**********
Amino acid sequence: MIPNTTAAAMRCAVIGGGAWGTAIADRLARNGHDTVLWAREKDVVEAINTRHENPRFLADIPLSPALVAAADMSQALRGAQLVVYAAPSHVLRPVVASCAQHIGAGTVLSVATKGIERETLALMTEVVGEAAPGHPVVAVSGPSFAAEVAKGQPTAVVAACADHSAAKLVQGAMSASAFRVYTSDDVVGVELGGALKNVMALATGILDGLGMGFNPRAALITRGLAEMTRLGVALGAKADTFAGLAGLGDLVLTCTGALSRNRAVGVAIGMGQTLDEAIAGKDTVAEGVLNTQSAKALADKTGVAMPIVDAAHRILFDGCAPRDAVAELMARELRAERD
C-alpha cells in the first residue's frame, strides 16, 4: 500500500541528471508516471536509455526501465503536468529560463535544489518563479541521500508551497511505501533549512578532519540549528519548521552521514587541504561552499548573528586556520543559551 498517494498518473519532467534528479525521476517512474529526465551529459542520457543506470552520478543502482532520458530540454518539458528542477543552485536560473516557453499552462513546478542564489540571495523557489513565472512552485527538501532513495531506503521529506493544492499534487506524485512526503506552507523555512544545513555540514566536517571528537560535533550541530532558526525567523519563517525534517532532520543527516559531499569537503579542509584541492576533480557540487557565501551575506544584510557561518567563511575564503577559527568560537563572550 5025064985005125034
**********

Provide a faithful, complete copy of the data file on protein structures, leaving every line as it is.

Amino acid sequence: MIPNTTAAAMRCAVIGGGAWGTAIADRLARNGHDTVLWAREKDVVEAINTRHENPRFLADIPLSPALVAAADMSQALRGAQLVVYAAPSHVLRPVVASCAQHIGAGTVLSVATKGIERETLALMTEVVGEAAPGHPVVAVSGPSFAAEVAKGQPTAVVAACADHSAAKLVQGAMSASAFRVYTSDDVVGVELGGALKNVMALATGILDGLGMGFNPRAALITRGLAEMTRLGVALGAKADTFAGLAGLGDLVLTCTGALSRNRAVGVAIGMGQTLDEAIAGKDTVAEGVLNTQSAKALADKTGVAMPIVDAAHRILFDGCAPRDAVAELMARELRAERD
C-alpha cells in the first residue's frame, strides 16, 4: 500500500541528471508516471536509455526501465503536468529560463535544489518563479541521500508551497511505501533549512578532519540549528519548521552521514587541504561552499548573528586556520543559551 498517494498518473519532467534528479525521476517512474529526465551529459542520457543506470552520478543502482532520458530540454518539458528542477543552485536560473516557453499552462513546478542564489540571495523557489513565472512552485527538501532513495531506503521529506493544492499534487506524485512526503506552507523555512544545513555540514566536517571528537560535533550541530532558526525567523519563517525534517532532520543527516559531499569537503579542509584541492576533480557540487557565501551575506544584510557561518567563511575564503577559527568560537563572550 5025064985005125034